Glass negative stereograph showing the Irish National Foresters Society Banner on display in the Friendly Society Procession along Collins Street. It is part of the G. H. Myers Collection which consists of 73 photographs taken by Godfrey Henry Myers, an electrician and amateur photographer, in Melbourne during May 1901. 72 of these photographs depict preparations for the celebrations that surrounded Federation; all but one are glass stereographs. This collection represents Myers' one venture into commercial photography. It is significant for its images of the crowds, which do not feature so prominently in commercial photographs. The remaining photograph is a family portrait.

The opening of the Australian Parliament on May 9 1901 was an occasion for great celebrations in Melbourne. Ten days of festivities (from 6-16 May) were planned to mark the Federation of the new nation and honour the Royal visitors, the Duke and Duchess of Cornwall and York. The city was transformed with decorations - flags, bunting, colourful lights and festive arches - and a series of public events were held, including a military tattoo and several street parades. Unprecedented numbers of people arrived in Melbourne from the rest of Victoria and throughout Australia to take part in the celebrations.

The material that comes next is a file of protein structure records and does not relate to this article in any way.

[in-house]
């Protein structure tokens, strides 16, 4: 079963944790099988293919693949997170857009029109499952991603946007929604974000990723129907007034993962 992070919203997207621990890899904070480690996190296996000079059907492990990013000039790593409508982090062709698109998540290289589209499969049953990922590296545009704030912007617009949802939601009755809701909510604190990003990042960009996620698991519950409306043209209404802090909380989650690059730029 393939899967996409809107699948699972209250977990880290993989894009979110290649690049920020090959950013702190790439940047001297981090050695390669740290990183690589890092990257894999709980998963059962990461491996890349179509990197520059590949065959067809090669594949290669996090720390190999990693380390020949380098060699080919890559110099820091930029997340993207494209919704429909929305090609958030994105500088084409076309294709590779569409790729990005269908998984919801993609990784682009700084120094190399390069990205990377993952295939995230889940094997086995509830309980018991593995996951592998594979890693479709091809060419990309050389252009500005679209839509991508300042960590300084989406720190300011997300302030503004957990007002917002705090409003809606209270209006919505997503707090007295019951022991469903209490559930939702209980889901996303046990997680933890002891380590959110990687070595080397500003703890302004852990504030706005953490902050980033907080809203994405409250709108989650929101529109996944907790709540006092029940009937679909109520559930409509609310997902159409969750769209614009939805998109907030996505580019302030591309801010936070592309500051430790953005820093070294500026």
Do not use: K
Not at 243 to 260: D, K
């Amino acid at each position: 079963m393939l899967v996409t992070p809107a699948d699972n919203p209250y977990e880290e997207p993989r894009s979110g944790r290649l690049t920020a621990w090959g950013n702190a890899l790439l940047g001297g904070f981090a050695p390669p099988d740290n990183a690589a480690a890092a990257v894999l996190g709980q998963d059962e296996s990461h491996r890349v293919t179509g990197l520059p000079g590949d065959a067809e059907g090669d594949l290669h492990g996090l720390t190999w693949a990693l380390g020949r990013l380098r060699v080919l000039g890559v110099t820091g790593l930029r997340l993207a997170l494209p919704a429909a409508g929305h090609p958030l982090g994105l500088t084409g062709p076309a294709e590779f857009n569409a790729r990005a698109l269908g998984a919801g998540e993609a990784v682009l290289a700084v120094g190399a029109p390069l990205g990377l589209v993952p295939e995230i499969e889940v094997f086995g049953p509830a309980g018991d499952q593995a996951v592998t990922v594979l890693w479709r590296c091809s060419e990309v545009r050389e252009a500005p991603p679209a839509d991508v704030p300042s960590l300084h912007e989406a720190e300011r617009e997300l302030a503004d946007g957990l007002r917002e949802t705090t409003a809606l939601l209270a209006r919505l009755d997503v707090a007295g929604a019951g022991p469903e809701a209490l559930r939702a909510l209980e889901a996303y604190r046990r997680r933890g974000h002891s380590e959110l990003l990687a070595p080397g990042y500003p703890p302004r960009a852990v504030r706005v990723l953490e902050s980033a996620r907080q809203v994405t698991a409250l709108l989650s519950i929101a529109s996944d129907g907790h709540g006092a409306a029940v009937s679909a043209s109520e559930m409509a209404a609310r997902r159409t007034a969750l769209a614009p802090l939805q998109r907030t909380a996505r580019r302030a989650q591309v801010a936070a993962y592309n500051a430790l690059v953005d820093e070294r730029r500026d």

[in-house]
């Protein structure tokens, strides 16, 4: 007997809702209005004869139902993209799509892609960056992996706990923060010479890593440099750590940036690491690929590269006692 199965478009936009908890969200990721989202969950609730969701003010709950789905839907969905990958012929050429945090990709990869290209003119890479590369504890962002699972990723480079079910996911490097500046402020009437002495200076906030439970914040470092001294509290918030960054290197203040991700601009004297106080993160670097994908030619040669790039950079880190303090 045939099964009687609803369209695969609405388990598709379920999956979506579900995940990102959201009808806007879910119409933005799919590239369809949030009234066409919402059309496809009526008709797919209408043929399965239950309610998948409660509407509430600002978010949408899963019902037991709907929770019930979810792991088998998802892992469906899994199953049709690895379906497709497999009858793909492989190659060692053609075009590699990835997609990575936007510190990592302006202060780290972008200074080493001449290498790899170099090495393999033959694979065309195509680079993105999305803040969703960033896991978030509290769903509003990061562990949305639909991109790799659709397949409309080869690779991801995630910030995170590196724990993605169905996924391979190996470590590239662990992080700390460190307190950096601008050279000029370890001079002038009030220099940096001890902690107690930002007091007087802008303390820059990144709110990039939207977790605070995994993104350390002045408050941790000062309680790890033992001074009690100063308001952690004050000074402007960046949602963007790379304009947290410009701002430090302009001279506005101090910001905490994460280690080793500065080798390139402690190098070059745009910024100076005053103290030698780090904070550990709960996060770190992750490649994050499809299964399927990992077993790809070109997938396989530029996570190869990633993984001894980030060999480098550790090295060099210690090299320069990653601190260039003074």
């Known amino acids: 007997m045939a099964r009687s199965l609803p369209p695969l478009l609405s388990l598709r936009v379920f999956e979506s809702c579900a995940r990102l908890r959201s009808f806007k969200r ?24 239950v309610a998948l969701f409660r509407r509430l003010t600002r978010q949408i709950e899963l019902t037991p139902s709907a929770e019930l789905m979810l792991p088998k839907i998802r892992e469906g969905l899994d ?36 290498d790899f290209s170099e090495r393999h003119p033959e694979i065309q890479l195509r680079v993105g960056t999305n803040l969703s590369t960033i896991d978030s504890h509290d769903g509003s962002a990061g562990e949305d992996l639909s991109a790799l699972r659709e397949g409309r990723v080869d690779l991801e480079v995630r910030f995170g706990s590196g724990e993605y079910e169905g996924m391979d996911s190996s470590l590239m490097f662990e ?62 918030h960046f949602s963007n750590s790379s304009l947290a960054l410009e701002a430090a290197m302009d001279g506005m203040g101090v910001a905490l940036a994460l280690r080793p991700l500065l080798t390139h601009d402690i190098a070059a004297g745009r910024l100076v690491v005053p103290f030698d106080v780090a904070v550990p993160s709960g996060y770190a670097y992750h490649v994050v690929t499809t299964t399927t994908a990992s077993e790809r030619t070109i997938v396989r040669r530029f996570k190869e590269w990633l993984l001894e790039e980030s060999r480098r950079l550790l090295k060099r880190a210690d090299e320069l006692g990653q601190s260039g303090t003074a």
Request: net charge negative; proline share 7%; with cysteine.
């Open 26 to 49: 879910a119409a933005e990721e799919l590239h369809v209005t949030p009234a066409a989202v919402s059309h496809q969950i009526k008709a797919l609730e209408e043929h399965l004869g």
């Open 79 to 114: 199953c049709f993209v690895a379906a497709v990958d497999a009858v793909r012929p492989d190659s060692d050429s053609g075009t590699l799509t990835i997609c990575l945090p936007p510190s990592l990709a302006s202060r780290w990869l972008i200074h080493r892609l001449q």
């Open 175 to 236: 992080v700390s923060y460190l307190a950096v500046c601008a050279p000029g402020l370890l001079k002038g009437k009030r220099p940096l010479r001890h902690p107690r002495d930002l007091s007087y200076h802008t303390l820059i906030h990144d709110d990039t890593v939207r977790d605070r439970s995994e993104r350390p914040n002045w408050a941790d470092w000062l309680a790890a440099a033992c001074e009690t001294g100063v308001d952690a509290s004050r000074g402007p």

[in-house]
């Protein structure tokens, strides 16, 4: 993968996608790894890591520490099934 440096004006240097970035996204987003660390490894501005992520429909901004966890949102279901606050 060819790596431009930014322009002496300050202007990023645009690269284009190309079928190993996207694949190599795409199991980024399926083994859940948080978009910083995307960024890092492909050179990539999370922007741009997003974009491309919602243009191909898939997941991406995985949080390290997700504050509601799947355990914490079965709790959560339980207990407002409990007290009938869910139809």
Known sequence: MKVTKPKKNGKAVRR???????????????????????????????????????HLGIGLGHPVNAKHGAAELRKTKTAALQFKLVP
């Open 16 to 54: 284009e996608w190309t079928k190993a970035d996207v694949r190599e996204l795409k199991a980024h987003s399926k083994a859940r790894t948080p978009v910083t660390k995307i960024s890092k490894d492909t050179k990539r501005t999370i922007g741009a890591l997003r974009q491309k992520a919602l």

Description of Content

The Irish National Foresters Society Banner. The Friendly Society Procession through Collins Street Melbourne, Federation celebrations May 1901. Crowds watch six Clydesdale bedecked horses pull a wagon with its painted banner. They gave the Royal visitors three cheers. The Society's political message of martyred patriots was both controversial and indicative of the freedom of expression and tolerance of difference under 'the grand Old Flag'. The connection to Robert Burns in the title given the image by the photographer is unclear. The unofficial Australian flag being flown overhead is without the large star of the Commonwealth; this was acquired on 3 September 1901. To the left of the image is the Town hall clock, to the right is a largely empty fee-paying viewing stand. In the background is the German Arch.

More Information